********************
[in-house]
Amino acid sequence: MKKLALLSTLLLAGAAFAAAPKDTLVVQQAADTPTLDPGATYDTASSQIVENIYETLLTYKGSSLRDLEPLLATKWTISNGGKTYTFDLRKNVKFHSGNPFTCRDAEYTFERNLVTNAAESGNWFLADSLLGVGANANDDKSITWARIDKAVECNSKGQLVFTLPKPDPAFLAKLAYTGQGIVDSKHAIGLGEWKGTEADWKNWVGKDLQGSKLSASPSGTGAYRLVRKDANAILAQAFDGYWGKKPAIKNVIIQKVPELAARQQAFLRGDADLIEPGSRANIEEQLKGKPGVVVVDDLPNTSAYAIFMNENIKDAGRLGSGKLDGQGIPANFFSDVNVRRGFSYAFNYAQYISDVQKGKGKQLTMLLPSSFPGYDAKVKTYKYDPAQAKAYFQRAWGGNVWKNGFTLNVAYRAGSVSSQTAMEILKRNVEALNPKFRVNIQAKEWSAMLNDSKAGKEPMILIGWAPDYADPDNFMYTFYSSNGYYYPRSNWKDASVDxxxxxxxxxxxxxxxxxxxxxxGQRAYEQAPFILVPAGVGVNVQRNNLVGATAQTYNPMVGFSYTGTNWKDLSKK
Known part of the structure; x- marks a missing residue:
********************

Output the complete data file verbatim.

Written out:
[in-house]
Amino acid sequence: MKKLALLSTLLLAGAAFAAAPKDTLVVQQAADTPTLDPGATYDTASSQIVENIYETLLTYKGSSLRDLEPLLATKWTISNGGKTYTFDLRKNVKFHSGNPFTCRDAEYTFERNLVTNAAESGNWFLADSLLGVGANANDDKSITWARIDKAVECNSKGQLVFTLPKPDPAFLAKLAYTGQGIVDSKHAIGLGEWKGTEADWKNWVGKDLQGSKLSASPSGTGAYRLVRKDANAILAQAFDGYWGKKPAIKNVIIQKVPELAARQQAFLRGDADLIEPGSRANIEEQLKGKPGVVVVDDLPNTSAYAIFMNENIKDAGRLGSGKLDGQGIPANFFSDVNVRRGFSYAFNYAQYISDVQKGKGKQLTMLLPSSFPGYDAKVKTYKYDPAQAKAYFQRAWGGNVWKNGFTLNVAYRAGSVSSQTAMEILKRNVEALNPKFRVNIQAKEWSAMLNDSKAGKEPMILIGWAPDYADPDNFMYTFYSSNGYYYPRSNWKDASVDxxxxxxxxxxxxxxxxxxxxxxGQRAYEQAPFILVPAGVGVNVQRNNLVGATAQTYNPMVGFSYTGTNWKDLSKK
Known part of the structure; x- marks a missing residue: